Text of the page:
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Royal Icing

5 stars based on 3 votes

royal-icing

Royal icing is a hard white icing made from softly beaten egg whites and confectioners sugar that dries to a smooth, hard, matte finish. It’s ideal for decorating cookies, creating intricate designs, or making letters or flower decorations.

snowflakes

The egg whites are what allows the icing to dry hard. However, if you’d like to avoid using raw eggs, feel free to use meringue powder, which is sold in the baking aisle of most large supermarkets or craft stores.

ingredients

Begin by whisking the egg whites until foamy.

foamy-egg-whites

Add the confectioners sugar.

adding-sugar

And mix on medium-low speed until thick and shiny, 3 to 5 minutes.

thick-and-shiny-icing

Divide the icing up into bowls depending on how many colors you plan to use. Use food coloring to tint the icing and then add water, little by little, to get the right consistency.

flooding-consistency

For decorating cookies with a smooth layer of icing like the ones pictured here, you’ll need to thin the icing with water to a “flood” consistency, which means the icing should hold a ribbonlike trail on the surface of the mixture for about 15 seconds until smoothing out on its own.

gingerbread-man

Go slowly — you don’t want the icing to be so thin that it runs off the edge of the cookies. (If you’ve added too much water, you can add a spoonful of stiff icing to thicken it back up. Always reserve a little white stiff icing just in case!)

polka-dot-heart

Happy decorating!

Royal Icing

Servings: About 3 cups
Prep Time: 10 Minutes
Total Time: 10 Minutes

Ingredients

  • 3 pasteurized egg whites or 3 oz (6 tablespoons) pasteurized egg whites from a carton (see note)
  • 4 cups confectioners sugar
  • Food coloring (optional)

Instructions

  1. Place the egg whites in the bowl of an electric mixer fitted with the whisk attachment or beaters. Beat on medium speed until frothy.
  2. Add the confectioners’ sugar and beat on low speed until blended. Increase the speed to medium-low and beat until the mixture is thick and shiny, 3 to 5 minutes. Divide the icing into bowls depending on how many colors you plan to use. Use food coloring to tint the icing and then add water, little by little, to get the right consistency. Use a thicker icing for details and outlines and a thinner icing for "flooding," or fully covering the surface of the cookies. Place a damp paper towel directly on top of the icing to keep a skin from forming on top. If not using within 2 hours, cover the bowls tightly with plastic wrap and refrigerate. (Icing may also be kept in airtight squeeze bottles.)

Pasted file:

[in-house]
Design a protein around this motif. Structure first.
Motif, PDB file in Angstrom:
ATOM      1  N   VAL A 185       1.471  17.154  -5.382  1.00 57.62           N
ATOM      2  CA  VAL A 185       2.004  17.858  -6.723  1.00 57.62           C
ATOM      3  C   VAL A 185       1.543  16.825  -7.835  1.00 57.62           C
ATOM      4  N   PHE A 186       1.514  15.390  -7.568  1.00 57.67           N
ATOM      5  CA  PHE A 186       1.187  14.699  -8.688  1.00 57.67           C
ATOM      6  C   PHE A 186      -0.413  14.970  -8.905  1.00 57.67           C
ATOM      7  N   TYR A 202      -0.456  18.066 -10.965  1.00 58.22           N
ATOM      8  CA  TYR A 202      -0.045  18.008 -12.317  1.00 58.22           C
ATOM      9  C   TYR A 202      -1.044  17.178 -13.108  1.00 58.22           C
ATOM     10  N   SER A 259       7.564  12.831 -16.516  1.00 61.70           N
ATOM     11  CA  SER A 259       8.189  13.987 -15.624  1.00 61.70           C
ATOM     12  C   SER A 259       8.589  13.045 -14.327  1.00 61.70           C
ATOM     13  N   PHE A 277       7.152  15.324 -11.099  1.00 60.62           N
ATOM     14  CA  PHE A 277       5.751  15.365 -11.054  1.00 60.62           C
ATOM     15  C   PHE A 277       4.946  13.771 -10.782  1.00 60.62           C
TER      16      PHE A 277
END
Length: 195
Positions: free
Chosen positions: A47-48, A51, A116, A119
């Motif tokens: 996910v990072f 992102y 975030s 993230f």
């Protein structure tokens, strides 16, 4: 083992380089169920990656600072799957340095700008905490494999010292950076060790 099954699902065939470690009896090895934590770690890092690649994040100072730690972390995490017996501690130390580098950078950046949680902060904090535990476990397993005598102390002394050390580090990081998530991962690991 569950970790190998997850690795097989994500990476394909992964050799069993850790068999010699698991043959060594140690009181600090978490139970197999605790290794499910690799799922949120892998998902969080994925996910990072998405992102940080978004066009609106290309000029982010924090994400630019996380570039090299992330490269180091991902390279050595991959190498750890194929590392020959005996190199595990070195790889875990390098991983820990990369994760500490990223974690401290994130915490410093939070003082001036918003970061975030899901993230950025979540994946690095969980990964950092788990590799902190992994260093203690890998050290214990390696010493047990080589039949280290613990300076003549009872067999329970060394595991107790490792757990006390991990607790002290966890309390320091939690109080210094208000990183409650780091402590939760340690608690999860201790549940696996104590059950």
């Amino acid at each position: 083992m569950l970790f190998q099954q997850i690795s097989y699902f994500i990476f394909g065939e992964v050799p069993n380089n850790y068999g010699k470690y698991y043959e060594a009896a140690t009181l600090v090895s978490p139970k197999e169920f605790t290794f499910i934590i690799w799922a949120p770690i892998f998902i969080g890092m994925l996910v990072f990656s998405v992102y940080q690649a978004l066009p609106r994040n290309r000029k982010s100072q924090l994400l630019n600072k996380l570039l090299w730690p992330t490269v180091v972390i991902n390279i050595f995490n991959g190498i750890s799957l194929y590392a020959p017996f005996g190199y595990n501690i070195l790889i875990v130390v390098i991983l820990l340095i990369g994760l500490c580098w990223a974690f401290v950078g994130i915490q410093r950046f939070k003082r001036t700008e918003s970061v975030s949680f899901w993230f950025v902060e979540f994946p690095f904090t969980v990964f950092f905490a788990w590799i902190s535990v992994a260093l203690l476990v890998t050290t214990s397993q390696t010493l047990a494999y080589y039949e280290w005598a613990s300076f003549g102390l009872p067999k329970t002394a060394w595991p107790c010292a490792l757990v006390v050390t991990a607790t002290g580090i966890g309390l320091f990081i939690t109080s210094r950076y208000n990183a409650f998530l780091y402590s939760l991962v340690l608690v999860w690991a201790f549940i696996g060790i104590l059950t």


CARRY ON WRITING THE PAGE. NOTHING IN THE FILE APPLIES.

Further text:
3. Note: If you're concerned about using raw eggs, feel free to use meringue powder, which can be found in the baking aisle of most large supermarkets or craft stores. Reconstitute the powdered egg whites according to the package instructions, making sure the powder is completely dissolved, and proceed with the recipe.

Reviews & Comments

  • 5 stars

    This recipe is so easy to make and gives so much control over the icing. I used it for sugar cookie snowflakes for Christmas, and I just did a batch of hearts and flowers for Valentine’s Day. The trick is to add milk/cream to get the right texture for filling or outlining.

    - Nicole Rodriguez on February 14, 2017 Reply
  • Happy Christmas.for your family members

    - fathima mimshifa on December 8, 2016 Reply
  • 5 stars

    I can’t wait to try this recipe. Your cookies look incredible! Professional! How do you get red icing? We always seem to end up with pink when we add red dye. Even when we add tons of it. Is there a special brand that you like?

    - Amy on December 8, 2016 Reply
    • Hi Amy, I buy the red color from Wilton – you can get it at craft stores. Remember, it gets darker as it dries.

      - Jenn on December 8, 2016 Reply
  • 5 stars

    Do you have any recommendations or suggestions for best quality food coloring. Maybe I have a sensitive palette. I seems I get I chemical taste especially with the red coloring.
    Thank you in advance.

    - Peg Jordan on December 8, 2016 Reply
    • Hi Peg, I can taste it too – I use Wilton “no taste” red. You can get it at most craft stores. Enjoy!

      - Jenn on December 8, 2016 Reply
  • Just a question – I have made royal icing with the whites of pasteurized eggs and powder meringue. What I find that when the icing dries it no longer has a shine, and is quite matte. Does this recipe have a little shine when it has dried on the cookies?

    - Cindy Seim on December 8, 2016 Reply
    • Hi Cindy, Not really – royal icing has a matte finish. Sorry!

      - Jenn on December 8, 2016 Reply

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